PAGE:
Browsing Rangeland Ecology & Management / Journal of Range Management by Authors
How much sagebrush is too much: An economic threshold analysisBastian, C. T.; Jacobs, J. J.; Smith, M. A. (Society for Range Management, 1995-01-01)Much research concerning sagebrush control methods and forage response after control has been conducted due to the importance of sagebrush-grass dominated rangelands for livestock and wildlife in the western United States. Very little research has addressed the economic feasibility of sagebrush control at various levels of abundance. This study estimates the economic thmhold abundance of sagebrush based on forage response data from a sagebrush control experiment in Carbon County, Wyo. Forage response data are based on the difference in herbage between treated and untreated experimental units from sites ranging in initial sagebrush canopy cover from 4 to 40%. Breakeven returns per AUM were estimated for each sagebrush canopy cover level assuming 2,4-D (2,4-dichlorophenoxyacetic acid) or burning (for 28 to 40% canopy cover) as a control method with lives of control at 1S, 20, and 25 years. These breakeven returns were compared to a net lease rate of S6.13/AUM. Results indicate the economic threshold abundance of sagebrush is 12% assuming, 2,4-D as the control method and a control longevity of 25 years, but the feasible sagebrush abundance increases as longevity of control decreases. If the longevity of the control only lasts 20 years, the sagebrush abundance must be at least 20% before treating sagebrush becomes economically feasible. If the longevity of control is only 15 years, sagebrush abundance must be at least 24% canopy cover before treatment is economically viable. Given estimates of the cost of burning are almost half that of spraying with 2,4-D, all the scenarios which had enough biomass to sustain a burn (28% to 40%) indicated sagebrush controJ by fire was economically viable.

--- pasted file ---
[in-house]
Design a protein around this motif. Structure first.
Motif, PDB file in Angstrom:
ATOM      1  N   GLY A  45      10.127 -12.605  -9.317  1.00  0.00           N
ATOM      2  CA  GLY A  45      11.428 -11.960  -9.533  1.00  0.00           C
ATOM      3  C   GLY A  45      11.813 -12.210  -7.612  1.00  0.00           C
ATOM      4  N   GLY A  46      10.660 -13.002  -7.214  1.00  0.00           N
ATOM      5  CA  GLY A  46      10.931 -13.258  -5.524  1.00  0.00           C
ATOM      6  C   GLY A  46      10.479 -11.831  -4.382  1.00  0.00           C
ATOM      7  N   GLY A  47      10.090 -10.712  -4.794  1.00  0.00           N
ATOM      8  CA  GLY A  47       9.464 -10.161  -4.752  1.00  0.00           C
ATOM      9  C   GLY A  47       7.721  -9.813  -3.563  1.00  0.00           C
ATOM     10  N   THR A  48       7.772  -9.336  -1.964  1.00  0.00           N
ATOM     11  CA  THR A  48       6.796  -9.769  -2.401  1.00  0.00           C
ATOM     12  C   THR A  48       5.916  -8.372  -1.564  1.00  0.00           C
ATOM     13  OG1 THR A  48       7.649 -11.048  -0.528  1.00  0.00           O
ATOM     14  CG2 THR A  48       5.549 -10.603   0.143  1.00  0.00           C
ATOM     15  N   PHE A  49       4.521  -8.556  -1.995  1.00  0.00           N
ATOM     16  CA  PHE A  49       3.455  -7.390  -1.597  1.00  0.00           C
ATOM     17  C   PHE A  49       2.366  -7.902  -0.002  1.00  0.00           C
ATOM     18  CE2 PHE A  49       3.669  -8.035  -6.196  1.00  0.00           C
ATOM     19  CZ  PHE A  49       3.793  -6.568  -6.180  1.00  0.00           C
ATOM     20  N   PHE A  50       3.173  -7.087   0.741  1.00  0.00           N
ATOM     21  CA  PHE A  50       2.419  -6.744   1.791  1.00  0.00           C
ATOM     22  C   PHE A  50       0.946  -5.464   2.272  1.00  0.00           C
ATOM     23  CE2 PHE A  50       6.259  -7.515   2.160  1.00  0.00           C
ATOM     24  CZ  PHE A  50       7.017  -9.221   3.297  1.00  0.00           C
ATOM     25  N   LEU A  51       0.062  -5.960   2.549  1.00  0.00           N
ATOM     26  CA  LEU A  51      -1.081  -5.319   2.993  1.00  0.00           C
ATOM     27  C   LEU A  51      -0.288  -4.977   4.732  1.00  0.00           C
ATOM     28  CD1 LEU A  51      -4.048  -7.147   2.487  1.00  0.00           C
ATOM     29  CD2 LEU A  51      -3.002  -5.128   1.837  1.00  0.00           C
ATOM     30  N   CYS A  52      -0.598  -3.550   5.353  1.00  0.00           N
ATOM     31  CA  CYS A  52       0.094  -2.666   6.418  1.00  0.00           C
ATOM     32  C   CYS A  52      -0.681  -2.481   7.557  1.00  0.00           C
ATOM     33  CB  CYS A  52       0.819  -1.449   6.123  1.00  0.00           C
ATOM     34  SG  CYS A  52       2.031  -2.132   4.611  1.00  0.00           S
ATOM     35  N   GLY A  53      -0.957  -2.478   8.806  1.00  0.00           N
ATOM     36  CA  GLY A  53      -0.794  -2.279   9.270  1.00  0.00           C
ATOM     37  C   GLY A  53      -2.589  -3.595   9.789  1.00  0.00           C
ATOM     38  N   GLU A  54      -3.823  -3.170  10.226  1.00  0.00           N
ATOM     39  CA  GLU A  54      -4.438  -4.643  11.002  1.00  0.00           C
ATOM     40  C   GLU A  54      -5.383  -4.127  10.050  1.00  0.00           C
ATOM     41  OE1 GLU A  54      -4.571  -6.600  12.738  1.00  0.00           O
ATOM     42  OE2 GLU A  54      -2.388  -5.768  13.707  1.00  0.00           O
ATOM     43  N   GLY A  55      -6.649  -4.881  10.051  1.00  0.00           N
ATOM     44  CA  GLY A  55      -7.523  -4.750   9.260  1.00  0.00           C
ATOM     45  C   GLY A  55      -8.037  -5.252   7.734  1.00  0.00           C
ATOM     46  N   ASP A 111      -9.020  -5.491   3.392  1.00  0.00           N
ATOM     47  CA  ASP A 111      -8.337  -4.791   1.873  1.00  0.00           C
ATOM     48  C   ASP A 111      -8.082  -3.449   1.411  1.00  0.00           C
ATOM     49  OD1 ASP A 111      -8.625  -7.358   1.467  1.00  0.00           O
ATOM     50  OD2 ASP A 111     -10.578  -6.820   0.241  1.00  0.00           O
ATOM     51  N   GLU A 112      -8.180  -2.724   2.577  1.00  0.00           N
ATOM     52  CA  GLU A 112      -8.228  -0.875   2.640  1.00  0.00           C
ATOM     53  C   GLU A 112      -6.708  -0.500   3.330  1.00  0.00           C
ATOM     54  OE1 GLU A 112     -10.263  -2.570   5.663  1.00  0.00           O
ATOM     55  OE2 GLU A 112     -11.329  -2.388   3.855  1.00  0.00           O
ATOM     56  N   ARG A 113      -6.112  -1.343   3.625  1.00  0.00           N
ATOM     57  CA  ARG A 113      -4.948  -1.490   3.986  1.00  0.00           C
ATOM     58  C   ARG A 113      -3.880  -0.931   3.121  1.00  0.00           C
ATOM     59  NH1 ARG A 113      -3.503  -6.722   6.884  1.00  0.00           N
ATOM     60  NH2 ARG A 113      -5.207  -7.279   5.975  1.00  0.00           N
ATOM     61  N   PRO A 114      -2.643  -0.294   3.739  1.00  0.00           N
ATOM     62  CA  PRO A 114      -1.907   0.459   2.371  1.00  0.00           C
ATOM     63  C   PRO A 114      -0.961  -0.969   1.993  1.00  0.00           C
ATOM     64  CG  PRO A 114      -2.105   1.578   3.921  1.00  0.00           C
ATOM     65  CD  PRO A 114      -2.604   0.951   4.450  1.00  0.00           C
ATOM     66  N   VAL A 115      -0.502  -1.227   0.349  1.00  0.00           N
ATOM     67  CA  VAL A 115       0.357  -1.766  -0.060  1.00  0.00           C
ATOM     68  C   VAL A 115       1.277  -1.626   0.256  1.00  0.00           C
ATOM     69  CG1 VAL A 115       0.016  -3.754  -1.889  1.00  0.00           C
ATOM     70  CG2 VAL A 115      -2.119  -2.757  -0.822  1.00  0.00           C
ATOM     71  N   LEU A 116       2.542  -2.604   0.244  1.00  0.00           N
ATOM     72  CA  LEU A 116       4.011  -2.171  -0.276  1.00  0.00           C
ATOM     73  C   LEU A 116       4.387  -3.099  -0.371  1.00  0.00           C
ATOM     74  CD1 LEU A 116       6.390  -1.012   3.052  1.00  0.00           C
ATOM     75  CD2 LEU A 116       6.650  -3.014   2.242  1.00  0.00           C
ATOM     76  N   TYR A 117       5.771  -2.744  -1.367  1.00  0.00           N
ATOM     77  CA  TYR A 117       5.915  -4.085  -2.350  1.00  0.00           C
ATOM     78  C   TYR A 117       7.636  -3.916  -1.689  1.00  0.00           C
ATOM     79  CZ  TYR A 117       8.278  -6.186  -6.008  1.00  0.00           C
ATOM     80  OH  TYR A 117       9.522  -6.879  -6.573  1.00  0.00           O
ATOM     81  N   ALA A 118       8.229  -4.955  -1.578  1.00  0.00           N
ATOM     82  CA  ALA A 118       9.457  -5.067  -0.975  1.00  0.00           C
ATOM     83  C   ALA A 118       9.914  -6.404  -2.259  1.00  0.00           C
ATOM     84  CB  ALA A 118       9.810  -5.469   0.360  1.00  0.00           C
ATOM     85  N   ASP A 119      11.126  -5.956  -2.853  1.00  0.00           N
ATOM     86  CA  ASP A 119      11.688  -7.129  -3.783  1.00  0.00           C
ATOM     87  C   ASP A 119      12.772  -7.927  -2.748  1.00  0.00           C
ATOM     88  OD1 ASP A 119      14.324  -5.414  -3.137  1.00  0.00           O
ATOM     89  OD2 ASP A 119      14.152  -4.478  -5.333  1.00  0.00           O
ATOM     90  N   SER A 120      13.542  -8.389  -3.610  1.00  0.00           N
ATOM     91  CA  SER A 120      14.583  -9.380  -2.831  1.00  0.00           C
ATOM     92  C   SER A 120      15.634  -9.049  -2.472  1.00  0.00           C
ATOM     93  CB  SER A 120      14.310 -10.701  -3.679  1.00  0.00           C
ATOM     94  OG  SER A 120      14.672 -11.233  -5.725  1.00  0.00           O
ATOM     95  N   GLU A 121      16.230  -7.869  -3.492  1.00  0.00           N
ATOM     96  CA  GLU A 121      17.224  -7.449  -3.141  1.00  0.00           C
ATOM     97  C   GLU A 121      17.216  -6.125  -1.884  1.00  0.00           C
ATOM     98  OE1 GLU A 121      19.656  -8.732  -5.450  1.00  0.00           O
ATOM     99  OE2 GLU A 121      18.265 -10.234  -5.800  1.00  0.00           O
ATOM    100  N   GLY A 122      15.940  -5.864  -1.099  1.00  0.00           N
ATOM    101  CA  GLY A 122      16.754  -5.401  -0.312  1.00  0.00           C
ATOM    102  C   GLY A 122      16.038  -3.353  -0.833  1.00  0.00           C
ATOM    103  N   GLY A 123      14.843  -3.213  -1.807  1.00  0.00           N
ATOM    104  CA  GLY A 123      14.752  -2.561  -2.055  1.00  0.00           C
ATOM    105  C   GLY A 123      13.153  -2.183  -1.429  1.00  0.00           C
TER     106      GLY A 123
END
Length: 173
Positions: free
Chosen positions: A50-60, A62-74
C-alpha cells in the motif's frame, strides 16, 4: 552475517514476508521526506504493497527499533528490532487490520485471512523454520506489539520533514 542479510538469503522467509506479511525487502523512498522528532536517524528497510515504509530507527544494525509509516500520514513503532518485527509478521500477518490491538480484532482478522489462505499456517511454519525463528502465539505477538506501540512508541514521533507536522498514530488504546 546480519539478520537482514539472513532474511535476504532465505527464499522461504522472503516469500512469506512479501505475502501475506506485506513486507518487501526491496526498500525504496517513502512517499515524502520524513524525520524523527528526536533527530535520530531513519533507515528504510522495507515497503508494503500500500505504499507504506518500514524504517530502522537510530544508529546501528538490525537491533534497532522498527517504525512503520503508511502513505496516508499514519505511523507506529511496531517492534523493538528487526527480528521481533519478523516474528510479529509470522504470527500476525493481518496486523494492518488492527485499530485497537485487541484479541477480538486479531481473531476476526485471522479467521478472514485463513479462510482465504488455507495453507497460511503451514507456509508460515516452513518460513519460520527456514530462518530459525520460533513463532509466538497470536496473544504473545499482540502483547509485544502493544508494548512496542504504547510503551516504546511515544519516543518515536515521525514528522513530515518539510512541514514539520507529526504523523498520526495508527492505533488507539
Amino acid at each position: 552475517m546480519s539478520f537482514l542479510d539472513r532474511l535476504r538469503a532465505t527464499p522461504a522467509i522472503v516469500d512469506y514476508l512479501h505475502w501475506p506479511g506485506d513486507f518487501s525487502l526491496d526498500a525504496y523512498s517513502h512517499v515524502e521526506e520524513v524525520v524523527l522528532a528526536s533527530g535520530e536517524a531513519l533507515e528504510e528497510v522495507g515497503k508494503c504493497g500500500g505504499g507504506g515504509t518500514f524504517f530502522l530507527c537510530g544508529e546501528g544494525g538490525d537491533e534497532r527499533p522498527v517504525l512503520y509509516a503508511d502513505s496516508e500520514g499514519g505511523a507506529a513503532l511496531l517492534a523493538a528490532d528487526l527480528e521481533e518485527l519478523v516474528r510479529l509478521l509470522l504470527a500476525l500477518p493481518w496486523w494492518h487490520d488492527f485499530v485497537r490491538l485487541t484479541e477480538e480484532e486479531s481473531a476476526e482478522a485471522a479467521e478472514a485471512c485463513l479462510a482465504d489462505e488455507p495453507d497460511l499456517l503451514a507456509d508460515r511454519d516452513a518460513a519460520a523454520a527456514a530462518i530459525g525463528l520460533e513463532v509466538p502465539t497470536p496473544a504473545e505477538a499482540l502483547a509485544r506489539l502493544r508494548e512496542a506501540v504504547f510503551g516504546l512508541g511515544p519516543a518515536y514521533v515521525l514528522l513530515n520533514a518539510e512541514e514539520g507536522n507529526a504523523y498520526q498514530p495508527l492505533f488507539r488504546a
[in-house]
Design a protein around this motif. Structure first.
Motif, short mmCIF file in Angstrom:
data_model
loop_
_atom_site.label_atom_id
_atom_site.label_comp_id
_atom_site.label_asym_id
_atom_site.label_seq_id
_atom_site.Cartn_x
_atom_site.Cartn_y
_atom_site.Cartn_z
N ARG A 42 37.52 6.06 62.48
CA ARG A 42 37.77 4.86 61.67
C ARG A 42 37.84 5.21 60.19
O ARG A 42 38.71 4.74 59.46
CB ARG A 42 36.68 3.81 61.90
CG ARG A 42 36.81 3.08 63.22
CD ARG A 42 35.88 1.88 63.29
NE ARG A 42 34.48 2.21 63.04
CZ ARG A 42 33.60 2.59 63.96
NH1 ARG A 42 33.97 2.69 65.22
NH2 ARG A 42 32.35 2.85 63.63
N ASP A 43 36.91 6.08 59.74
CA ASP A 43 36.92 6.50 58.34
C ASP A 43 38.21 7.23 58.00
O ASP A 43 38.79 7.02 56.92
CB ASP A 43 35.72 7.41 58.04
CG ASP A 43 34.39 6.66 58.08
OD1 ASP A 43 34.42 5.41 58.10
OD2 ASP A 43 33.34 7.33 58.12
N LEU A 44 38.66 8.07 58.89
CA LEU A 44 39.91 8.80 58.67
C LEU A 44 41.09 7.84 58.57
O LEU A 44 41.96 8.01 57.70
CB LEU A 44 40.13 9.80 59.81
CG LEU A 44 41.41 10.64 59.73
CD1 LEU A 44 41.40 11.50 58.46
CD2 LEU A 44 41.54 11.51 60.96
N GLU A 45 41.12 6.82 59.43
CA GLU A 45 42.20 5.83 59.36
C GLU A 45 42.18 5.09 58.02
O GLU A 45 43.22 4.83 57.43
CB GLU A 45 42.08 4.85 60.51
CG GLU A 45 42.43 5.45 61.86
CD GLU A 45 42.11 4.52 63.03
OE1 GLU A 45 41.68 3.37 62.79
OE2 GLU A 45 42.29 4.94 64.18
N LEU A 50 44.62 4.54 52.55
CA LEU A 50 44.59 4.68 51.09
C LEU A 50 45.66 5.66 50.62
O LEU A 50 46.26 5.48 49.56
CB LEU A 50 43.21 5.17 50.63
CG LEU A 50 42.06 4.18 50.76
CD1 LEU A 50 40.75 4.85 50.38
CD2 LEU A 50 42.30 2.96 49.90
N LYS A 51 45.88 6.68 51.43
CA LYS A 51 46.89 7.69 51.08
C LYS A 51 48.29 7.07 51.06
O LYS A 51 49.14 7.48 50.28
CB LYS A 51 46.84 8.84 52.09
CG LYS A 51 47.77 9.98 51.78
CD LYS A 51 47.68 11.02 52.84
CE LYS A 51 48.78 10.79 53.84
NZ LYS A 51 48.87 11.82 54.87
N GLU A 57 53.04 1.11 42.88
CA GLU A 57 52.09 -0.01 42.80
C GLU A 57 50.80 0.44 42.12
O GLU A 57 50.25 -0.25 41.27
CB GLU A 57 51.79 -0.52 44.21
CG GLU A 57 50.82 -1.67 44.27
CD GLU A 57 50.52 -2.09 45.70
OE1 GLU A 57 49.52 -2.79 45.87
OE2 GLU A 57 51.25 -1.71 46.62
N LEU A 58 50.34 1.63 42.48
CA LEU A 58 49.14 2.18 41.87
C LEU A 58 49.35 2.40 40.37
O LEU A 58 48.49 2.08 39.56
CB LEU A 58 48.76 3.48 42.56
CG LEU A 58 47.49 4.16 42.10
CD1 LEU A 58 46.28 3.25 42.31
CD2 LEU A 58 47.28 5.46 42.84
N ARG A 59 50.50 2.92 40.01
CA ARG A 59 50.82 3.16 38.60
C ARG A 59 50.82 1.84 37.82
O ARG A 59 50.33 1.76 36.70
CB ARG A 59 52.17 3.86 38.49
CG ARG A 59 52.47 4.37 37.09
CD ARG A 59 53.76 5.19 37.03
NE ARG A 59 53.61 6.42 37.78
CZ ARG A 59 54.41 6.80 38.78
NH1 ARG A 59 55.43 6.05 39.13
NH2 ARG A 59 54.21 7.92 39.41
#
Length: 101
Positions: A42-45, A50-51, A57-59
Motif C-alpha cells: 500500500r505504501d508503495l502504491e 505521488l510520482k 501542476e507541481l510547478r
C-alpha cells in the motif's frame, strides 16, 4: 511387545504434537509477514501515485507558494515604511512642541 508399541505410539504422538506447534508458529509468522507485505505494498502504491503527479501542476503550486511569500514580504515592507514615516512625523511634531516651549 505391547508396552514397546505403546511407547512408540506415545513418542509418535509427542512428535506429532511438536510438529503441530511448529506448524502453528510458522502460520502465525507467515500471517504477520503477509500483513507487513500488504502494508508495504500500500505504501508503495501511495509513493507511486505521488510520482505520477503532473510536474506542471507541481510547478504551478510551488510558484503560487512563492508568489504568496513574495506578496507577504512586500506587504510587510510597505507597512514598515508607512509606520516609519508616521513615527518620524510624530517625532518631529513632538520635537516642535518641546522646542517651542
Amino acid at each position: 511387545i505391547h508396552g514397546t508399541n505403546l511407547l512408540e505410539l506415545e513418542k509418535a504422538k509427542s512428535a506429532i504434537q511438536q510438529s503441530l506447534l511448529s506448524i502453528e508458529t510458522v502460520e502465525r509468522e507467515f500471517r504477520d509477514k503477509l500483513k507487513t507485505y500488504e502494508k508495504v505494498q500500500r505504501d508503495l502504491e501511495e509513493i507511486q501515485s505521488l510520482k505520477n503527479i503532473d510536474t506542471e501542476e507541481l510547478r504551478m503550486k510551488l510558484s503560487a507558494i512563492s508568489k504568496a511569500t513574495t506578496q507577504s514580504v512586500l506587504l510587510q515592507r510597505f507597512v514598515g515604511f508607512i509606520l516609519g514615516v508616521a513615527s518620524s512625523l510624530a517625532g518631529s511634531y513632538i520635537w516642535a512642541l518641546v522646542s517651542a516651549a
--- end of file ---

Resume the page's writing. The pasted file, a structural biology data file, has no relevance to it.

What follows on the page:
Multiple use of public rangeland: Antelope and stocker cattle in WyomingBastian, C. T.; Jacobs, J. J.; Held, L. J.; Smith, M. A. (Society for Range Management, 1991-07-01)The government must manage public rangeland in the face of alternative multiple use interests, including wildlife and domestic livestock production. The objectives of this study were to estimate a production possibilities frontier for antelope (Antilocapra americana (Ord)) and stocker cattle on the Wyoming Red Desert and then evaluate the most economical combination for the specific production and price assumptions used in the analysis. Nine antelope-steer combinations were derived by using a linear programming model to maximize total number of animals subject to annual forage production on a representative 405-ha range site. The resulting 9 combinations included 72 head of antelope with no steers at one extreme and 35 head of stocker steers with no antelope at the other extreme, with various combinations of each in between. Because of the different forage preferences of antelope (primarily browse) and cattle (primarily grass), the marginal rates of substitution of cattle for antelope varied widely along the production possibilities frontier. Specifically, the marginal rate of substitution of cattle for antelope was very low moving from 72 antelope-0 steers, to 69 antelope-29 steers, in terms of sacrificing only a few antelope (3) in exchange for a comparatively large number of steers (29). Conversely, the marginal rate of substitution of cattle for antelope moving from 69 antelope-29 steers, to 0 antelope-35 steers was very high in terms of sacrificing a relatively large number of antelope (69) in exchange for only a few additional steers (6). This wide range of substitution rates suggests that economic benefits from antelope and cattle would have to be extremely different before "multiple use" is not preferred in the case study setting.